It’s been a little over six years since we last heard from Syrian “mountain rock reggae” collective – or at least this is how they like to describe their music – Toot Ard (توت أرض), and boy we are so glad we did!
The sextet made their much-over-due come back earlier this year with a 6-track album titled “Laissez Passer“. It’s a travel document issued by governments or organisations to stateless individuals for humanitarian reasons such as restoring family links.
And that – on one hand – describes the members’ legal standpoint coming from a small village in the occupied Syrian Golan Heights, which they distinctly explain in the title track, but on the other hand further extends to describe the mindset behind their borderless music.
Throughout the album, Toot Ard continue to lyrically express themselves through their mountain village environment by describing the “off the grid” primitive life before the industrial revolution.
This is beautifully illustrated in tracks like “Sahra” and “Asfur” (Flying Bird). It also becomes evidently clear where other traditional elements are infused in conventional love songs like “Habeitek” (I Love You) and “Nasma Jabaliya” (Mountain Breeze).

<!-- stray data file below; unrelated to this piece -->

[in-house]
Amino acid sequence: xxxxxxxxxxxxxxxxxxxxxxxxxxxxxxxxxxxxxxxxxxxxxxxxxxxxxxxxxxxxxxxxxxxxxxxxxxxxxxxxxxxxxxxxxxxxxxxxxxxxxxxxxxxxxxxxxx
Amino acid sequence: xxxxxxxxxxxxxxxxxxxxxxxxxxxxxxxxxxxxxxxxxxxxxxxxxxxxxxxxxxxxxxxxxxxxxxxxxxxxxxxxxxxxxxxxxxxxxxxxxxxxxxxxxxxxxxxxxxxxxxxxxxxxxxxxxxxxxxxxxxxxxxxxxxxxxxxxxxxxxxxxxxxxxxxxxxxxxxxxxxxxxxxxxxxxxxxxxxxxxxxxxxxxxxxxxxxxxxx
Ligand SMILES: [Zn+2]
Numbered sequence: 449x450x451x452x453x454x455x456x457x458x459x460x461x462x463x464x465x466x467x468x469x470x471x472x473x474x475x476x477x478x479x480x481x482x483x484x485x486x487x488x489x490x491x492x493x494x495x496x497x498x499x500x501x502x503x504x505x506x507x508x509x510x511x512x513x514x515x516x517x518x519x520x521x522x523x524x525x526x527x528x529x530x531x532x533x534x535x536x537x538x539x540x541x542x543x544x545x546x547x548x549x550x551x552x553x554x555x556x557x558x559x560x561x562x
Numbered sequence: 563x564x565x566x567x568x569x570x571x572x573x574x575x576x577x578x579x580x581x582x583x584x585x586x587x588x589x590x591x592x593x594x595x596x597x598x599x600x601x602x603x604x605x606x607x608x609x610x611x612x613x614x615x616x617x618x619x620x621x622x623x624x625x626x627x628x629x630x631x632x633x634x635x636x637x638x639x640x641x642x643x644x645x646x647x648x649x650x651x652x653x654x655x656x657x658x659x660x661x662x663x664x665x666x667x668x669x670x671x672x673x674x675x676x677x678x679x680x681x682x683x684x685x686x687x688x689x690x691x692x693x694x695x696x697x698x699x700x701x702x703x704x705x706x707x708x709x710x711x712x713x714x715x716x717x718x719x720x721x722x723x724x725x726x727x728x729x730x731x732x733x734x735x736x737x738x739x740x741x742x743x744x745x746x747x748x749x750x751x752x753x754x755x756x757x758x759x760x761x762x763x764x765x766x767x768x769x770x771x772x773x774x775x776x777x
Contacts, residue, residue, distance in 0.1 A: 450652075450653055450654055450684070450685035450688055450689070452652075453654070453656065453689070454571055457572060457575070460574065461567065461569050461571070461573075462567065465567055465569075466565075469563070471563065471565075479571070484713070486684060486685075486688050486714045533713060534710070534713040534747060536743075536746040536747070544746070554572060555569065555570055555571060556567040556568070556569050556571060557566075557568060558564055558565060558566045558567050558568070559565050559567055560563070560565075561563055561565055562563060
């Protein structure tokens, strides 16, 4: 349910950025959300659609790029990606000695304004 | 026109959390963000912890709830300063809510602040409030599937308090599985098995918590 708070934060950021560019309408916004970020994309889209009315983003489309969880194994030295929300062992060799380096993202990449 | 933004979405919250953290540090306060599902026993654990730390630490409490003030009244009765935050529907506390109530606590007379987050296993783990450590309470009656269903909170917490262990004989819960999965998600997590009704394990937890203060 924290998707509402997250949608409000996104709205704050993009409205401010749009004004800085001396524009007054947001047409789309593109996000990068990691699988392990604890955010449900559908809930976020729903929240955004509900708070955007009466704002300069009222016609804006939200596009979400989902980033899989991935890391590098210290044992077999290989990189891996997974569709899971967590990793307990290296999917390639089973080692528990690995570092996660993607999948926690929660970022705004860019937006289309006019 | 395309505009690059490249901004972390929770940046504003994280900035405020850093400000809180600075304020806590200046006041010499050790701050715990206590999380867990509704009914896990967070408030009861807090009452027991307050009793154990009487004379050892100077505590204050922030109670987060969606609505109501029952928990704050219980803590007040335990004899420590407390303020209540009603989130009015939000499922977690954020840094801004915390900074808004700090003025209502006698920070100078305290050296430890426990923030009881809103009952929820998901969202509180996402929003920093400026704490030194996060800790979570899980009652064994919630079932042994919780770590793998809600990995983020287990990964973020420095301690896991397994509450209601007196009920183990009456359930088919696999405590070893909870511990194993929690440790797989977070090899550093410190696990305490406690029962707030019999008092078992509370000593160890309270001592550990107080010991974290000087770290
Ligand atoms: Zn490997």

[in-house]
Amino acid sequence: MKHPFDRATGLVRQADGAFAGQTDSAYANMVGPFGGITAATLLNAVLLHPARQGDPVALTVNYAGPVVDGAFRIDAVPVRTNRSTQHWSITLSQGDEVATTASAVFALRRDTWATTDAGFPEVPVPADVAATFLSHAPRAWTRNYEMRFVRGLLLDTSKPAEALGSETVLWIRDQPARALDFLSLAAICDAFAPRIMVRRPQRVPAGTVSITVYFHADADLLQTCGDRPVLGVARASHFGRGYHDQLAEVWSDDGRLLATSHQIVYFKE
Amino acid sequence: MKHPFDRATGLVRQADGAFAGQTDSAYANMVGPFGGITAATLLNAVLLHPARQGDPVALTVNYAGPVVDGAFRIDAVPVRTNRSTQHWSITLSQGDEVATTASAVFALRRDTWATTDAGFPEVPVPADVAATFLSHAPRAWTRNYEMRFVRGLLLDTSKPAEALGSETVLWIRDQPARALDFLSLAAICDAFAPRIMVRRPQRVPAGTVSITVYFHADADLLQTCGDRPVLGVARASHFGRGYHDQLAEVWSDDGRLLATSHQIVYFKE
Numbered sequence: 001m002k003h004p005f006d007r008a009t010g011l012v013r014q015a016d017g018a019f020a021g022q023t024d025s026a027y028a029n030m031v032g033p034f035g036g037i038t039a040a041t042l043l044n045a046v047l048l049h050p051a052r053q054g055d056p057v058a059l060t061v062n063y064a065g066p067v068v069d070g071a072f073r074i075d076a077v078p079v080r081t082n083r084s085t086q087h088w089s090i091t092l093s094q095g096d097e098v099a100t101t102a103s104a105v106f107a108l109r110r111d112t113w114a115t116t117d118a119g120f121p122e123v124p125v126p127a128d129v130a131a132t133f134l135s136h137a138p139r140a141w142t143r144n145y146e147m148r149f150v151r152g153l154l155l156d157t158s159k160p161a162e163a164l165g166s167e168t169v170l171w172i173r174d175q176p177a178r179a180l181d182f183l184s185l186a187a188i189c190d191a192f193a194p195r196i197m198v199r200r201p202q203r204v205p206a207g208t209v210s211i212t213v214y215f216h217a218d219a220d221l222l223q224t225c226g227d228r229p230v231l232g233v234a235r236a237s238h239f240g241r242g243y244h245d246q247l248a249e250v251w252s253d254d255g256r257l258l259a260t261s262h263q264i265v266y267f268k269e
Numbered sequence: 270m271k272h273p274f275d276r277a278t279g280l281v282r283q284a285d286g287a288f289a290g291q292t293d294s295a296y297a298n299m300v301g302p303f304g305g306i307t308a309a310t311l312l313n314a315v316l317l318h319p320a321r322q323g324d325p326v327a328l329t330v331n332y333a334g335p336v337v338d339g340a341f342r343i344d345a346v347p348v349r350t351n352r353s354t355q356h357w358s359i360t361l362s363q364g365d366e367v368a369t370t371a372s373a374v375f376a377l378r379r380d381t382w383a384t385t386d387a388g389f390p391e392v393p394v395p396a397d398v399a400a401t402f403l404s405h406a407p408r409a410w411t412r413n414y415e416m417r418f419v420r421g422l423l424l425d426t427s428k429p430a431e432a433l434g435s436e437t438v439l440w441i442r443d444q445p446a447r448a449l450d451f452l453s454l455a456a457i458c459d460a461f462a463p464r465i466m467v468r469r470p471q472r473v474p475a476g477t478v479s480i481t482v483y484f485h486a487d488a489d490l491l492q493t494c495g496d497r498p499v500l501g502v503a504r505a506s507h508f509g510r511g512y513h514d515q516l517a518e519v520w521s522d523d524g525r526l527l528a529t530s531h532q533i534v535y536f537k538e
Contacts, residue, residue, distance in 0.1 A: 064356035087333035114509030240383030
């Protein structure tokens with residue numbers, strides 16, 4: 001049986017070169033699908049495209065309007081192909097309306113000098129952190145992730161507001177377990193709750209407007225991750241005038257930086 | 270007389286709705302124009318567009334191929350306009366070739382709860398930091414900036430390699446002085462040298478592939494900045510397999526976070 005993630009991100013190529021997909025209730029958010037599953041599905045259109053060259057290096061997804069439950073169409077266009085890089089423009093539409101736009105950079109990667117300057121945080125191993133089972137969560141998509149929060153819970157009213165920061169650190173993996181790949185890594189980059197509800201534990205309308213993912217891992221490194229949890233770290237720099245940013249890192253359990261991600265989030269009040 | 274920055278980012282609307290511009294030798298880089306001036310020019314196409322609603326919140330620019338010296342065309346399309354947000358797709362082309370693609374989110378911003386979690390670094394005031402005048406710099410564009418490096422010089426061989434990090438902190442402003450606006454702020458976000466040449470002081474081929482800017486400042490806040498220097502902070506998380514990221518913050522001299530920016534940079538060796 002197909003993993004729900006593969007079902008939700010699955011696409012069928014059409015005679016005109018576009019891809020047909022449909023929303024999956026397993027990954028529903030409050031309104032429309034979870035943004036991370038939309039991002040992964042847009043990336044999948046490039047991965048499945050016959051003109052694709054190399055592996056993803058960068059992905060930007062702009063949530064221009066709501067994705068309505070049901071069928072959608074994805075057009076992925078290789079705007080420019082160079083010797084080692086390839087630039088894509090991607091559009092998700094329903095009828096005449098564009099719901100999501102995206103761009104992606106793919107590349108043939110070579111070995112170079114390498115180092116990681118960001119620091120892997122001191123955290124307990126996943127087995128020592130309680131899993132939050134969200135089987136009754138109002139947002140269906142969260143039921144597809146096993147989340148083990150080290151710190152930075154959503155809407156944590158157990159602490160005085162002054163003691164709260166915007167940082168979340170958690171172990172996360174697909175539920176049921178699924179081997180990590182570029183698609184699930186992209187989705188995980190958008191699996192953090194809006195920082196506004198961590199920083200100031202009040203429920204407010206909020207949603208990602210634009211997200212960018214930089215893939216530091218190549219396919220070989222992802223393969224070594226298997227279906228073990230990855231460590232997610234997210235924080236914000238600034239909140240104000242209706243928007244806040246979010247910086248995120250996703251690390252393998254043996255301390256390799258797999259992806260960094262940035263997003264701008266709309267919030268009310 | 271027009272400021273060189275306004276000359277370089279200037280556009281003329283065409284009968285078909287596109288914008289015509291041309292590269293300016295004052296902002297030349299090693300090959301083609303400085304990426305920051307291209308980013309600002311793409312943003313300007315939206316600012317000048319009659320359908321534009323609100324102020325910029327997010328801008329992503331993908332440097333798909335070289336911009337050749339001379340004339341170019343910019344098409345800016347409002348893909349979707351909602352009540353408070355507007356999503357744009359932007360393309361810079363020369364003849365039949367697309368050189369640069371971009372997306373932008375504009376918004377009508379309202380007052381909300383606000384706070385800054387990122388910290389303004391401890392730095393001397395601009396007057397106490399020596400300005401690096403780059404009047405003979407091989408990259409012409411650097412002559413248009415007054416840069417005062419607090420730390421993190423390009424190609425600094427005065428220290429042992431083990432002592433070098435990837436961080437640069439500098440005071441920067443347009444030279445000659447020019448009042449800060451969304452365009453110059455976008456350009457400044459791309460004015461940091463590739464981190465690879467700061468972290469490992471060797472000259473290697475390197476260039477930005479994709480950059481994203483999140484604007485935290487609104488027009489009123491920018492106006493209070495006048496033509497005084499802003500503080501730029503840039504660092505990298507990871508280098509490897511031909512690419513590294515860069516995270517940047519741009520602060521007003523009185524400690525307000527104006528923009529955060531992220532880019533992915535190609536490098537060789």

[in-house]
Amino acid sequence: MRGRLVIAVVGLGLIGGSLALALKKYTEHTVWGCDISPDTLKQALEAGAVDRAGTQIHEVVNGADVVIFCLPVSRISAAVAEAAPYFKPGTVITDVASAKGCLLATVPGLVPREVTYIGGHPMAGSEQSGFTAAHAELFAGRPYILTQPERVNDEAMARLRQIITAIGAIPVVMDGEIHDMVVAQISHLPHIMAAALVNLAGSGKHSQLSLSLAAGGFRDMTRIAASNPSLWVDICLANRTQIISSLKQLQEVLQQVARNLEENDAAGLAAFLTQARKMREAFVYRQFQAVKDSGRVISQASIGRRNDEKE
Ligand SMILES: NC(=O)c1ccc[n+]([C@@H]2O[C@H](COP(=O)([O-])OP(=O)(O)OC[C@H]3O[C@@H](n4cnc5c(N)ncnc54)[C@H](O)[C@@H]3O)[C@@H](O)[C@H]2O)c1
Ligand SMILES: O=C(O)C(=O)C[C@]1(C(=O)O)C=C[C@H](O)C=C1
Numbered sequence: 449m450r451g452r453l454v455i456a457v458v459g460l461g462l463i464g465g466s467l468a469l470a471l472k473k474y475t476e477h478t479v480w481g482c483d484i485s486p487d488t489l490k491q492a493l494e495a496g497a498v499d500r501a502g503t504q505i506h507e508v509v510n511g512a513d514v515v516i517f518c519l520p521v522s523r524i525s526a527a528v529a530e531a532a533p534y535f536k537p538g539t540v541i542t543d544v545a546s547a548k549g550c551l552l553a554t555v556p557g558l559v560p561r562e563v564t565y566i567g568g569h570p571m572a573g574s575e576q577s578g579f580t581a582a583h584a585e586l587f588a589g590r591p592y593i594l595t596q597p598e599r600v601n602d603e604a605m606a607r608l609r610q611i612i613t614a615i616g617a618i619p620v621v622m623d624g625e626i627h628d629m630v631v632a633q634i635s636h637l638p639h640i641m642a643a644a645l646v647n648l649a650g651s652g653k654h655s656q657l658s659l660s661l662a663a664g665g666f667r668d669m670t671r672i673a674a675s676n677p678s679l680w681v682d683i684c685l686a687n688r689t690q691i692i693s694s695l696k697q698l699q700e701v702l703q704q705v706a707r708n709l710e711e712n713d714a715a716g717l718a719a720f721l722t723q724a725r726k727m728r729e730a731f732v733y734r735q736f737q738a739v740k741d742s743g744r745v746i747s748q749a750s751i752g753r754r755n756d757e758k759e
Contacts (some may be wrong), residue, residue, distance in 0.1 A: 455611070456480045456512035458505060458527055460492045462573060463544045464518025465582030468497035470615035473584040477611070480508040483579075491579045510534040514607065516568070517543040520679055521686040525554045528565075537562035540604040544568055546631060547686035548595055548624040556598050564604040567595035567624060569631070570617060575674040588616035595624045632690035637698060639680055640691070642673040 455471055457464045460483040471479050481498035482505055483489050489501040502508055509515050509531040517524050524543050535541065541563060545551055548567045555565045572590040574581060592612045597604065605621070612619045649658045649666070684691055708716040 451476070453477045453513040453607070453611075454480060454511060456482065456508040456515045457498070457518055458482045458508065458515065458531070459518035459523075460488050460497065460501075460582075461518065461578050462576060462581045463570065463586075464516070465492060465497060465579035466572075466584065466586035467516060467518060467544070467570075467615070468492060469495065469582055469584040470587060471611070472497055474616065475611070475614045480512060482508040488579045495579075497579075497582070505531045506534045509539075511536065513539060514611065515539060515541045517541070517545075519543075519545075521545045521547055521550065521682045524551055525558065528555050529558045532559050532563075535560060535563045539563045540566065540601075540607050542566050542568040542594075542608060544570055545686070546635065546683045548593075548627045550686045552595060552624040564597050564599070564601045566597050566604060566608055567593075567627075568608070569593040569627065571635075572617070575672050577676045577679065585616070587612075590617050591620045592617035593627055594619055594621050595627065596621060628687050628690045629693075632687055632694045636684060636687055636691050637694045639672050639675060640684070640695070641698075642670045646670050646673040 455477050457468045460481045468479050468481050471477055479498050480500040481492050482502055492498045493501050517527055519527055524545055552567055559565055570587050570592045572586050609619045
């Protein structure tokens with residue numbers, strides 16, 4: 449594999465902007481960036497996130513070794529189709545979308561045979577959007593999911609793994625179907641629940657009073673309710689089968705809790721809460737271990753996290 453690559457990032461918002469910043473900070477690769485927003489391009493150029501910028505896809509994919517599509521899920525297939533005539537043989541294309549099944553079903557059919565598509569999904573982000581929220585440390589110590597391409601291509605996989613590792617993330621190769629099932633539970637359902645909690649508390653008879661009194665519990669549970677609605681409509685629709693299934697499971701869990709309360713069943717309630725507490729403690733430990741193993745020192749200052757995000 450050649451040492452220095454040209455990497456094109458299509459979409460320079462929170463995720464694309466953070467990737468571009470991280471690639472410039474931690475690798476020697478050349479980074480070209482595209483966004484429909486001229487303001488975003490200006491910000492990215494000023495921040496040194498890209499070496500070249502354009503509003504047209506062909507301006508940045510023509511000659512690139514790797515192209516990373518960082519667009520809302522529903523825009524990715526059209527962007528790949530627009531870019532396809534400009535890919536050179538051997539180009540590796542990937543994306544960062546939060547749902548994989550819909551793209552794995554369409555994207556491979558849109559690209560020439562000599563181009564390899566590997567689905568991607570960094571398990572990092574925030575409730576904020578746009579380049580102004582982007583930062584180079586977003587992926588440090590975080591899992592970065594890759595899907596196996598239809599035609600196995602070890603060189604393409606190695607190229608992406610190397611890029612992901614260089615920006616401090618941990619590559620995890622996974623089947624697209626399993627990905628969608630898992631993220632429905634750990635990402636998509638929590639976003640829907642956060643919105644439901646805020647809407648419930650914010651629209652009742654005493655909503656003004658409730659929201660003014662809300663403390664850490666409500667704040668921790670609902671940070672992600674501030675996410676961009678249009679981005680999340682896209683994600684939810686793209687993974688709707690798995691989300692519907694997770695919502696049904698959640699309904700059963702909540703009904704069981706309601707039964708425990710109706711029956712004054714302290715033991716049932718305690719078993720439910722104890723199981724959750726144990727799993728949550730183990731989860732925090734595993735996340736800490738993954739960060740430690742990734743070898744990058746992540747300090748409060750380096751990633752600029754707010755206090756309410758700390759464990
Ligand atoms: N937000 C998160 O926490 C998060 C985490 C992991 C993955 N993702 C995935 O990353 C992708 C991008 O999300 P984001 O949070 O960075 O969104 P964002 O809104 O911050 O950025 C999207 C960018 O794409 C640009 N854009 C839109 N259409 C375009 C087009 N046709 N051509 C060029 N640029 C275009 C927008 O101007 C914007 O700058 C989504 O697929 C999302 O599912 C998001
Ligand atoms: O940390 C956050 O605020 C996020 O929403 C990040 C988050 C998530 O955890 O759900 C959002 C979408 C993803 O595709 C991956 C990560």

“Laissez Passer” sees a notable maturity in Toot Ard’s personality since their debut, not only in their unique musical style; gliding across the borders of West African, Saharan, Caribbean grooves and classical Arabic modalities, but also from a production point of value. This album seems to favour quality over quantity.
With tour dates across Europe and Morocco this summer, we only hope it doesn’t take them another six years to please our ears with new music.
Photo: Nayef Hammouri
Toot Ard on Facebook.